Peace be with you!
As the elderly shopkeeper turned to add up the amount of my fruit and vegetable purchase, I was surprised to see him deftly using an abacus to make the necessary calculations. His shop was actually a small truck with a makeshift shade cloth extended from its side, so it made sense that his method was old school. Each week he would park beside a group of large apartment blocks, finding hundreds of customers within close range.
I had been living in Kobe, Japan for a few months before I realised I could access these very fresh and inexpensive products once a week via a short walk to the ‘fruit and veg’ truck. The use of the abacus fascinated me. I consequently found out that a popular after school class for Japanese primary school students was ‘soroban’ (abacus) lessons. They were rightly deemed useful as a foundation for mathematics and linear thought processes.
An abacus always gives logical, quantifiable and certain results. Two plus two is always four, six minus three always equals three. If we consider the current state of our pandemic panicked world, it is the opposite of the abacus. Life is uncertain, unquantifiable and our future focus is blurred. Things don’t add up quite right, there are more questions than answers and it leaves us on edge and anxious. ‘There is no abacus in agony’ is a phrase I recently read in a book about pastoral care that aptly describes the challenges and pain that many have experienced in a Covid-19 world.
So what do we do to cope in these uncertain times? Perhaps a better question to ask is, ‘Who can we turn to?’ In John’s Gospel we read that Jesus appeared to the disciples after his resurrection (John 20:19–23). The disciples had gathered in a locked room, feeling scared, anxious and very uncertain of the future. As Jesus entered the room, his first words were ‘peace be with you’, a phrase encapsulated in the Hebrew word, Shalom. Jesus then let the disciples examine his wounds, giving time for the reality of his physical presence to sink in before he repeated the phrase, ‘peace be with you’. He continued by saying to them, ‘receive the Holy Spirit’, a fulfilment of the gift of peace he promised them during his ministry (John 14:26–27).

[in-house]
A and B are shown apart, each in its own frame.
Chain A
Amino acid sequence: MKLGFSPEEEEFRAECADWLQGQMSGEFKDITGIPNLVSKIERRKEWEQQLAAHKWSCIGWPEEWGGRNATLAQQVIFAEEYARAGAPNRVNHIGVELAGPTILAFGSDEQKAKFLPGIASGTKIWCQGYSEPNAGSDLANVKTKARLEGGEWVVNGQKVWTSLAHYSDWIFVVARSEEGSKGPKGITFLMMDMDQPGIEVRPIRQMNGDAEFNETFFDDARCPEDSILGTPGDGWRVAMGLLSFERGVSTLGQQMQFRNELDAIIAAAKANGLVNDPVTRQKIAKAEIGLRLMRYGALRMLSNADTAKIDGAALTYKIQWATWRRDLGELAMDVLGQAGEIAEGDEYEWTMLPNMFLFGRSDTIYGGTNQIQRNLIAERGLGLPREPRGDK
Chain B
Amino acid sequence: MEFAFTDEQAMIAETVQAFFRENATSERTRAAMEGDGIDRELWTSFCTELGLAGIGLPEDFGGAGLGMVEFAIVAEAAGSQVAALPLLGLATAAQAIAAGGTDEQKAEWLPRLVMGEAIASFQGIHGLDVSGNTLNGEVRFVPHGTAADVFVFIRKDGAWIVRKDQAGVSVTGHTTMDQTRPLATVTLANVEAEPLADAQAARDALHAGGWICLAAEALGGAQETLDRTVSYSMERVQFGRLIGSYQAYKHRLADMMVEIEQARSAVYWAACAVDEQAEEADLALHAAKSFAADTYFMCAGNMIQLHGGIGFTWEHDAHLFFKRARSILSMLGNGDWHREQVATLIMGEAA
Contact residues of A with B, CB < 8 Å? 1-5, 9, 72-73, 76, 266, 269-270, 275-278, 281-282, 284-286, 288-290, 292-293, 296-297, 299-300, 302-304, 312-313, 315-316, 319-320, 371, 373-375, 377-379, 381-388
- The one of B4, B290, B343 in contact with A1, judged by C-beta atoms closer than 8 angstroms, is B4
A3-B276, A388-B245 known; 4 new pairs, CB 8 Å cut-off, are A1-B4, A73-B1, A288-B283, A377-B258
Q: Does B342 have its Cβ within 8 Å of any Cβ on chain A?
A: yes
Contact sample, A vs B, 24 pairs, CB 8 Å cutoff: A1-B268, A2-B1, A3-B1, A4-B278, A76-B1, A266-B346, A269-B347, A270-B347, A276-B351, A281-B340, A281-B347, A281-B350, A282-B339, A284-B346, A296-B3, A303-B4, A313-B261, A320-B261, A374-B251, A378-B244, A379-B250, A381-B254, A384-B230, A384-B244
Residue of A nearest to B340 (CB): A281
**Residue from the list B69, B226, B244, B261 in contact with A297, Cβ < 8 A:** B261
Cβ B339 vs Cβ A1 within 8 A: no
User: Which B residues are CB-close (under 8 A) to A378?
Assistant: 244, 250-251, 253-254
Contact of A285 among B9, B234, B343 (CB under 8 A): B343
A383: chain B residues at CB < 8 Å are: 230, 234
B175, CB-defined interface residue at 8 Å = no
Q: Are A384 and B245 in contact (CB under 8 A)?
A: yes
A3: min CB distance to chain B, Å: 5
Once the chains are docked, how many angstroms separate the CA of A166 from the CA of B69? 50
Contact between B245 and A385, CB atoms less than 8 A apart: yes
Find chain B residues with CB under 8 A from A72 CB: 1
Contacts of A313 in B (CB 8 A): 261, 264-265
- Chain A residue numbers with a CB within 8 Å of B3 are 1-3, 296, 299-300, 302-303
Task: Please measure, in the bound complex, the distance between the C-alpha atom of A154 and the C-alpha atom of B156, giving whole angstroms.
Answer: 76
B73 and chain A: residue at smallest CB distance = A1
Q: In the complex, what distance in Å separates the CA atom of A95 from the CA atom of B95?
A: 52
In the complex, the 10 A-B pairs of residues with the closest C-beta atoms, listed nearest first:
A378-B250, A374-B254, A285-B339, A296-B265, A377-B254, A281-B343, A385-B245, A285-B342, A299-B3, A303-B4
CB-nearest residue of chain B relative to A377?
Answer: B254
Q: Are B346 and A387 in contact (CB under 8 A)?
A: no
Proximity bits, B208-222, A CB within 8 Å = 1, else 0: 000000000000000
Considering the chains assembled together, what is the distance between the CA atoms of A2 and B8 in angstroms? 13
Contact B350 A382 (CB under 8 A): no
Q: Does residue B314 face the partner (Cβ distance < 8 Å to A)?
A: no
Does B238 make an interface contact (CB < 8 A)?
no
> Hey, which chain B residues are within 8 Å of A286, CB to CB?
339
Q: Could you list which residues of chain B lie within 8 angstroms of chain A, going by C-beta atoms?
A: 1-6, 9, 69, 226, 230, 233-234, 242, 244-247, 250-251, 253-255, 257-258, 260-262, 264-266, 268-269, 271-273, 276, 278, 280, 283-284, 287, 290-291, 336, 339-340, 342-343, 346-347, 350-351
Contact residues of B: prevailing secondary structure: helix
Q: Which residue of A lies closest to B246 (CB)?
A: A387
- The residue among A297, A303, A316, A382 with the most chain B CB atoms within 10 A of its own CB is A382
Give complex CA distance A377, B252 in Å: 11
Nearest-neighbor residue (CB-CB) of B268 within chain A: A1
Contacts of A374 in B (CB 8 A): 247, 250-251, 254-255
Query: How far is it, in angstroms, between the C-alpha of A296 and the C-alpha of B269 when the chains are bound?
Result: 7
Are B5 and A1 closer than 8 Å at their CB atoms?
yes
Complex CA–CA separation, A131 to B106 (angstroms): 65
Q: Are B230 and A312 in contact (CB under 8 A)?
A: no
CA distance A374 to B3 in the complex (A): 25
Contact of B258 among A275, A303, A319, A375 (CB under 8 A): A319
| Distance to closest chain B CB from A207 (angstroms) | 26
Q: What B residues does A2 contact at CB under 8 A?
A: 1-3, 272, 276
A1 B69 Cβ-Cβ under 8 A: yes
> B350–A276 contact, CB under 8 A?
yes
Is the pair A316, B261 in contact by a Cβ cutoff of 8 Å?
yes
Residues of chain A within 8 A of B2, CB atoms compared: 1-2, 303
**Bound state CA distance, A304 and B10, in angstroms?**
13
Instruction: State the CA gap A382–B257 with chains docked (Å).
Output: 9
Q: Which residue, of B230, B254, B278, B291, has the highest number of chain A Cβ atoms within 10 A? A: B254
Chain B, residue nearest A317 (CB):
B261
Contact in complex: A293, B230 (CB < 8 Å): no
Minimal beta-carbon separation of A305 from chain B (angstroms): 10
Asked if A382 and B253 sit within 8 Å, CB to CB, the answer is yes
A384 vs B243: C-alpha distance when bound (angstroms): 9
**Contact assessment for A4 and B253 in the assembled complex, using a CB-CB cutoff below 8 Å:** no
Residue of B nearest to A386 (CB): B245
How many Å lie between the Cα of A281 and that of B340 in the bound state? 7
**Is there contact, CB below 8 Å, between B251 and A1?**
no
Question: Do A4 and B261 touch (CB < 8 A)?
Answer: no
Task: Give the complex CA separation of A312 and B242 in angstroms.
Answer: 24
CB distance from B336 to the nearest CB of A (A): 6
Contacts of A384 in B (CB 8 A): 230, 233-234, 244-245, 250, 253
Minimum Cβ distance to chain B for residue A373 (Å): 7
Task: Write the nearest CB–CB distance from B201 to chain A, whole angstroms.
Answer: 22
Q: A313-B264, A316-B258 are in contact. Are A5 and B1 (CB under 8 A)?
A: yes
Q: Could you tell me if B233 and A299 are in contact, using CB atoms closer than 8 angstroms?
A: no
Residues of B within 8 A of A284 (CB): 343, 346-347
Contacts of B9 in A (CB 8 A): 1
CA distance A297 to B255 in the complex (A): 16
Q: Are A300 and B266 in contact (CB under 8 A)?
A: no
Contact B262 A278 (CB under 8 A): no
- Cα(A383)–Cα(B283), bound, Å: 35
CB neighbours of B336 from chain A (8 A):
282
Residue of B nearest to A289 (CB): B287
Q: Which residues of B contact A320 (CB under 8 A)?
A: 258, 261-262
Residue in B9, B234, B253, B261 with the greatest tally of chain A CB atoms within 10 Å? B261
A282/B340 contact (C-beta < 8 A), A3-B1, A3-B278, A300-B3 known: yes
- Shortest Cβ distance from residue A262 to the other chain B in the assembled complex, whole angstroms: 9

Jesus brings the blessing of peace into the turmoil of the disciples’ world. In the same way, the peace of God reaches us in the tumultuous times we find ourselves in. Though feelings of fear, worry and uncertainty overwhelm us, the blessing of peace is generously offered to us. It is peace “not as the world gives” (John 14:27), but rather peace that permeates circumstances and uncertainty. This peace is not elusive — it has been promised to us and is available to us. Though we don’t have the same earthly reality of Jesus entering the room and the physical option of seeing his risen body, his wounded hands and side, we have been given the gift of the Holy Spirit, who brings the promise of peace into our hearts and lives. Think about when God’s peace has been real to you in the past — was it through prayer, worship, reading Scripture, in quiet listening and seeking, in the encouragement of a person, or in communion with the body of Christ? Be proactive in seeking God’s peace — there may be no abacus in agony, but Jesus offers peace that surpasses understanding even in a pandemic.
Speaker, Southern Region
How have you experienced God’s peace? Share in the comments below!